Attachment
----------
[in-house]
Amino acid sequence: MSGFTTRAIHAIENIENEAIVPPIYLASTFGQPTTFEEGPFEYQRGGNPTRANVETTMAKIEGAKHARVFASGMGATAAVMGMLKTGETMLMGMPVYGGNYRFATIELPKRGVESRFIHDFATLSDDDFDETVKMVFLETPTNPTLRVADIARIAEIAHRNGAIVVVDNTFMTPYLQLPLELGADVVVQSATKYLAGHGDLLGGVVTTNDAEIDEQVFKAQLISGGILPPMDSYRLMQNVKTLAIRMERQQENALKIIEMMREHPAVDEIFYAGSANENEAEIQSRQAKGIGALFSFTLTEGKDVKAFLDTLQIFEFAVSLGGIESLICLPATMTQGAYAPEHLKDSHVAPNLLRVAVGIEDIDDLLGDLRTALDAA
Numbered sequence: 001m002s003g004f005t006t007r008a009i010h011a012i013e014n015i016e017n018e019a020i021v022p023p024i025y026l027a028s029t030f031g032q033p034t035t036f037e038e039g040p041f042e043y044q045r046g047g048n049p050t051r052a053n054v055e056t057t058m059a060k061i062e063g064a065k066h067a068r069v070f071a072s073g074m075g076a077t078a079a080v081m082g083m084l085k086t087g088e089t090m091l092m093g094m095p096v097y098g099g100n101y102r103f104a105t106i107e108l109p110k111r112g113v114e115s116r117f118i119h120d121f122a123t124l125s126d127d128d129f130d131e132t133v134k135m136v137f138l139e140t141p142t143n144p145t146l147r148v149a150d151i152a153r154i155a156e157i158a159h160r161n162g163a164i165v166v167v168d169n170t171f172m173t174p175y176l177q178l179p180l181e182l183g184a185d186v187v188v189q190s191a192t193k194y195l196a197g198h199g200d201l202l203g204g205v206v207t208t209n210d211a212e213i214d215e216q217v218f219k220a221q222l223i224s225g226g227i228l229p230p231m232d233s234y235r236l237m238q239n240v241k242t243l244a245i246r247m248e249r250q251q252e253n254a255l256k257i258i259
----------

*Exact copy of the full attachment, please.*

[in-house]
Amino acid sequence: MSGFTTRAIHAIENIENEAIVPPIYLASTFGQPTTFEEGPFEYQRGGNPTRANVETTMAKIEGAKHARVFASGMGATAAVMGMLKTGETMLMGMPVYGGNYRFATIELPKRGVESRFIHDFATLSDDDFDETVKMVFLETPTNPTLRVADIARIAEIAHRNGAIVVVDNTFMTPYLQLPLELGADVVVQSATKYLAGHGDLLGGVVTTNDAEIDEQVFKAQLISGGILPPMDSYRLMQNVKTLAIRMERQQENALKIIEMMREHPAVDEIFYAGSANENEAEIQSRQAKGIGALFSFTLTEGKDVKAFLDTLQIFEFAVSLGGIESLICLPATMTQGAYAPEHLKDSHVAPNLLRVAVGIEDIDDLLGDLRTALDAA
Numbered sequence: 001m002s003g004f005t006t007r008a009i010h011a012i013e014n015i016e017n018e019a020i021v022p023p024i025y026l027a028s029t030f031g032q033p034t035t036f037e038e039g040p041f042e043y044q045r046g047g048n049p050t051r052a053n054v055e056t057t058m059a060k061i062e063g064a065k066h067a068r069v070f071a072s073g074m075g076a077t078a079a080v081m082g083m084l085k086t087g088e089t090m091l092m093g094m095p096v097y098g099g100n101y102r103f104a105t106i107e108l109p110k111r112g113v114e115s116r117f118i119h120d121f122a123t124l125s126d127d128d129f130d131e132t133v134k135m136v137f138l139e140t141p142t143n144p145t146l147r148v149a150d151i152a153r154i155a156e157i158a159h160r161n162g163a164i165v166v167v168d169n170t171f172m173t174p175y176l177q178l179p180l181e182l183g184a185d186v187v188v189q190s191a192t193k194y195l196a197g198h199g200d201l202l203g204g205v206v207t208t209n210d211a212e213i214d215e216q217v218f219k220a221q222l223i224s225g226g227i228l229p230p231m232d233s234y235r236l237m238q239n240v241k242t243l244a245i246r247m248e249r250q251q252e253n254a255l256k257i258i259